In 2003, the Securities and Exchange Commission sued Moller for civil fraud (Securities And Exchange Commission v. Moller International, Inc., and Paul S. Moller, Defendants) in connection with the sale of unregistered stock, and for making unsubstantiated claims about the performance of the Skycar. Moller settled this lawsuit by agreeing to a permanent injunction and paying $50,000. In the words of the SEC complaint, "As of late 2002, MI's approximately 40 years' [sic] of development has resulted in a prototype Skycar capable of hovering about fifteen feet above the ground."

"Moller International has an accumulated deficits of $45,525,462 and a working capital deficit of $11,376,885 as of September 30, 2009."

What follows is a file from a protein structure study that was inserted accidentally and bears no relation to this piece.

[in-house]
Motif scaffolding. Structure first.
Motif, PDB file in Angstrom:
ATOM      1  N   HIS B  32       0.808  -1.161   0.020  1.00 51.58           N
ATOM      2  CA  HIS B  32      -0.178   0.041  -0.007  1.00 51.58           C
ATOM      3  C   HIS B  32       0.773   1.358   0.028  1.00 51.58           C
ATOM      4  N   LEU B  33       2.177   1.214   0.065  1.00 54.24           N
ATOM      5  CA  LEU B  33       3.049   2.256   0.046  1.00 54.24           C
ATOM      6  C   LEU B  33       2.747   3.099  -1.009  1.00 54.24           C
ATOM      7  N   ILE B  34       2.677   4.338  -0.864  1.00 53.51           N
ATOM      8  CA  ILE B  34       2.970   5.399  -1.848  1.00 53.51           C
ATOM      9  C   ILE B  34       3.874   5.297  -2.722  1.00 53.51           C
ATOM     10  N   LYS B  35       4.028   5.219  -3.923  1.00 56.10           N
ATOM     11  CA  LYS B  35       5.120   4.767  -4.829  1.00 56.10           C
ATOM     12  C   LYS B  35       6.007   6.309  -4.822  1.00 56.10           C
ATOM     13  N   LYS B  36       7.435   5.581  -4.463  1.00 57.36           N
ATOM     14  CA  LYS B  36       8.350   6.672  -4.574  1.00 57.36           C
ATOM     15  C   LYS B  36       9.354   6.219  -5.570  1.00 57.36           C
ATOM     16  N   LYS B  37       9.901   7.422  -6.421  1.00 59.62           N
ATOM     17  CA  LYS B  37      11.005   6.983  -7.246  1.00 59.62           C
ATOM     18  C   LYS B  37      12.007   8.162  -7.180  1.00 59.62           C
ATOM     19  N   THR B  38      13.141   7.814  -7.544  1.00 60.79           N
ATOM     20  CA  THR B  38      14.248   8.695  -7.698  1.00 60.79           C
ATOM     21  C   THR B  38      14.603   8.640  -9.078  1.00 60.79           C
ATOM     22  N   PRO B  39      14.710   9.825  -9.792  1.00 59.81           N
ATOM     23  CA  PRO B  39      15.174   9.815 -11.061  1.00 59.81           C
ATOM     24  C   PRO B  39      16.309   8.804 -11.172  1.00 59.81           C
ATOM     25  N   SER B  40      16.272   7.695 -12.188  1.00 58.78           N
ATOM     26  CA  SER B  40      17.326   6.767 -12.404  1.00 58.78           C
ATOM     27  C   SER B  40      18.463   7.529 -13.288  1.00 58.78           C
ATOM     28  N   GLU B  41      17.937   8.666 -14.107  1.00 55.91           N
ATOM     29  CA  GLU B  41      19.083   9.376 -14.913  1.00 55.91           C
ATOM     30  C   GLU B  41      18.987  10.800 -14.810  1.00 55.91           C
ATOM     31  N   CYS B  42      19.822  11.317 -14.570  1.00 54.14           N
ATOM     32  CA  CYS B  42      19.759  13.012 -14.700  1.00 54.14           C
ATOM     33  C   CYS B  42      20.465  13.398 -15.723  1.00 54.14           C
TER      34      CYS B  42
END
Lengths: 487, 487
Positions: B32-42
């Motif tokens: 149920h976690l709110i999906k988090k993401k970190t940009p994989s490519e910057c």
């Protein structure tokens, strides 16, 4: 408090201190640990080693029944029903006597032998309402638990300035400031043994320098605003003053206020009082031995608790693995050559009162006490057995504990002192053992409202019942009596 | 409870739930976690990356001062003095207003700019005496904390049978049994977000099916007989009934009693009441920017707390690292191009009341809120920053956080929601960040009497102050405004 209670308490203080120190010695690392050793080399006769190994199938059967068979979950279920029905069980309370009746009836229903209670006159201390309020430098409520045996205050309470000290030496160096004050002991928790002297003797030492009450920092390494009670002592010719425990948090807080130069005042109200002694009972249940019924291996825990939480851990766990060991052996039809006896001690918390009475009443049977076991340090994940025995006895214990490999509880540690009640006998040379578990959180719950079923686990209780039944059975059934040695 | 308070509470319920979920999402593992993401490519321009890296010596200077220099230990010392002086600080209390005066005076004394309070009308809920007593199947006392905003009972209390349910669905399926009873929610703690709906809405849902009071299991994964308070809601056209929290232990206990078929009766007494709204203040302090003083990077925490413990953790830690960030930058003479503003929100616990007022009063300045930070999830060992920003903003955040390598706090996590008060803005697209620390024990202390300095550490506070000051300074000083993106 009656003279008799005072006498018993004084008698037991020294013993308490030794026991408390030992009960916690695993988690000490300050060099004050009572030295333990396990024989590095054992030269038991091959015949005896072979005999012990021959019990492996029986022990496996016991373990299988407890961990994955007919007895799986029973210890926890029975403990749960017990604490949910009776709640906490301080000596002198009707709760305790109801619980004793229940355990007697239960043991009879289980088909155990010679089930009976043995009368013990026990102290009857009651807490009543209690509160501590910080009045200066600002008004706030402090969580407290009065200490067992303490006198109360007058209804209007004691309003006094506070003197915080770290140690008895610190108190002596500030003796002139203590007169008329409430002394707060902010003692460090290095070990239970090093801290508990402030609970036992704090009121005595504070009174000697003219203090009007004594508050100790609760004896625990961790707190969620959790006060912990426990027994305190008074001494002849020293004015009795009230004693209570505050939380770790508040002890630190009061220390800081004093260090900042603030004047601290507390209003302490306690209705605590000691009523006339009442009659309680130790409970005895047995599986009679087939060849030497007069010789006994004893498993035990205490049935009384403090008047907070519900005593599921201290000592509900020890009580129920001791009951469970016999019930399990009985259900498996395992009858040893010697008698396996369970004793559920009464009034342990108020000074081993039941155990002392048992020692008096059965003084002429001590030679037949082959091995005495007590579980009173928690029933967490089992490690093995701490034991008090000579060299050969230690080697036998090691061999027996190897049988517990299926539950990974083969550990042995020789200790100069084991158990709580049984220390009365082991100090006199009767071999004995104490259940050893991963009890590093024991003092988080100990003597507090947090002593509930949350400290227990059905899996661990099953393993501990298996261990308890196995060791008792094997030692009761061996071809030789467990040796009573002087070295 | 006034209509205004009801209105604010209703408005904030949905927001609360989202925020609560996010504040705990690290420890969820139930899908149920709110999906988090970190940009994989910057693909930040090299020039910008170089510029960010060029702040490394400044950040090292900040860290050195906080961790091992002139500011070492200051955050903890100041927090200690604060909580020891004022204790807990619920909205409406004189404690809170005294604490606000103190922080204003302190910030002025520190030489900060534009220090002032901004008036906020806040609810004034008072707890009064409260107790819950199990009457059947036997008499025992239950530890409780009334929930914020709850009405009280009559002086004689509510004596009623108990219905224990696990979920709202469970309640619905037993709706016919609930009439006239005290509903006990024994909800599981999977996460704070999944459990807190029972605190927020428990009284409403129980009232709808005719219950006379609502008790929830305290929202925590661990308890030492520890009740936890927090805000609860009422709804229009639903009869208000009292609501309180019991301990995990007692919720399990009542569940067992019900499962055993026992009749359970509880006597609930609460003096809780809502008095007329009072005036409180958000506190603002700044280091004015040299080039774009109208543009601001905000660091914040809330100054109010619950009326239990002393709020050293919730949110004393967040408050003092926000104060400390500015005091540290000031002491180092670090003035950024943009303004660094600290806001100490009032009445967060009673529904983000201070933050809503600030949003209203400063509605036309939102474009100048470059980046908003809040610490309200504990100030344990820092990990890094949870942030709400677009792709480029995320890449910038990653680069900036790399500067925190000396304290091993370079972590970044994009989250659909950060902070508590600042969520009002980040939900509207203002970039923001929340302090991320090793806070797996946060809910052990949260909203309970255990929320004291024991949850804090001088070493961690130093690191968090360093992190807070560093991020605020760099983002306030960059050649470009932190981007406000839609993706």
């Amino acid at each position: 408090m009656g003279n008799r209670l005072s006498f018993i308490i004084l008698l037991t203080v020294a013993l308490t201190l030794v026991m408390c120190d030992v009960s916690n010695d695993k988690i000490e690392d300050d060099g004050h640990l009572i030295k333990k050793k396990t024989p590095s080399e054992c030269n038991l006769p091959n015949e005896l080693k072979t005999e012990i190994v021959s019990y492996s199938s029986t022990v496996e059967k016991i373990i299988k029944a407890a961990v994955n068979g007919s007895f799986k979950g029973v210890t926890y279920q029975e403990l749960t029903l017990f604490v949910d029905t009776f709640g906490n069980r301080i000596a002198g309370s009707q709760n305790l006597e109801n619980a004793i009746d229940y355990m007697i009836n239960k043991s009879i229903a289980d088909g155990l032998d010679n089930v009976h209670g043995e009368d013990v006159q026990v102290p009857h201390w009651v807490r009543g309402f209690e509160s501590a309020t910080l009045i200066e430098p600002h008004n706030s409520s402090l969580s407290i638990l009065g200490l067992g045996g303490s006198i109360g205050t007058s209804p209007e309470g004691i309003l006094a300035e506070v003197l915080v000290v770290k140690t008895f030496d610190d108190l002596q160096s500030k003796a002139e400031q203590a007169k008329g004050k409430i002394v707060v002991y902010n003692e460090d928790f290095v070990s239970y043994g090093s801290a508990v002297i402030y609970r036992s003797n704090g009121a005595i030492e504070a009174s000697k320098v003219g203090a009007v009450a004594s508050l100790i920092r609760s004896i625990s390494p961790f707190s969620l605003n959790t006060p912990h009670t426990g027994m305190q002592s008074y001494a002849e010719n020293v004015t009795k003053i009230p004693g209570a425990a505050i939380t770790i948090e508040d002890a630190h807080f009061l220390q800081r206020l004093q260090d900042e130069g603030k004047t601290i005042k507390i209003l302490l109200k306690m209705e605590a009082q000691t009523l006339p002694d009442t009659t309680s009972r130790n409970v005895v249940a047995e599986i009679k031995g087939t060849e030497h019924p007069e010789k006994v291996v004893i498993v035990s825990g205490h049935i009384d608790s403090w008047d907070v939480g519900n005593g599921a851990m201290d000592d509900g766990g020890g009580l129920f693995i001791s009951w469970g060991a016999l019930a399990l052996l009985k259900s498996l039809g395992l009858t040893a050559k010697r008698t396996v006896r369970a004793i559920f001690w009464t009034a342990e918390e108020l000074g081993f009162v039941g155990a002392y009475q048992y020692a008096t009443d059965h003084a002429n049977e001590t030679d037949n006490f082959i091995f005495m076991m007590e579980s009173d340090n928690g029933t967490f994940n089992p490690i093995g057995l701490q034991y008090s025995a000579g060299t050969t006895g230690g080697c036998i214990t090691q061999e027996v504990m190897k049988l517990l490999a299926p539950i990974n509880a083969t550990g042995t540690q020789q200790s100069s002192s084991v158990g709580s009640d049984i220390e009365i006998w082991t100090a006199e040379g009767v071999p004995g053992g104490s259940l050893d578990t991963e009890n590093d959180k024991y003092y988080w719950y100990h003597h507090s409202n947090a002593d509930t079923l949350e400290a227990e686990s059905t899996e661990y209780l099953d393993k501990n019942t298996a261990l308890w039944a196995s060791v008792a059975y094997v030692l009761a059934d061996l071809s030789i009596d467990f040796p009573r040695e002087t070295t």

Doctor Moller filed for chapter 11 bankruptcy protection in may 2009 , as reported in the Sacramento Business Journal .
Still, it's not all bad. Somehow, whilst pouring a lifetime's work and a mountain of money into a futuristic machine that has NEVER demonstrated the abilities claimed for it, Dr Moller declares his private, not corporate, assets to be over 46 million dollars.
There do appear to be some spin-off technologies,  they say their muffler/spark arrestors are sought after worldwide, that their wankel rotary developments are world beating... Hm. Maybe I'd better tip out my piggy bank and invest.

Oh, apparently those supergood wankel Rotary engines, air-cooled for weight control, don't actually cool very well... so they can't run for very long.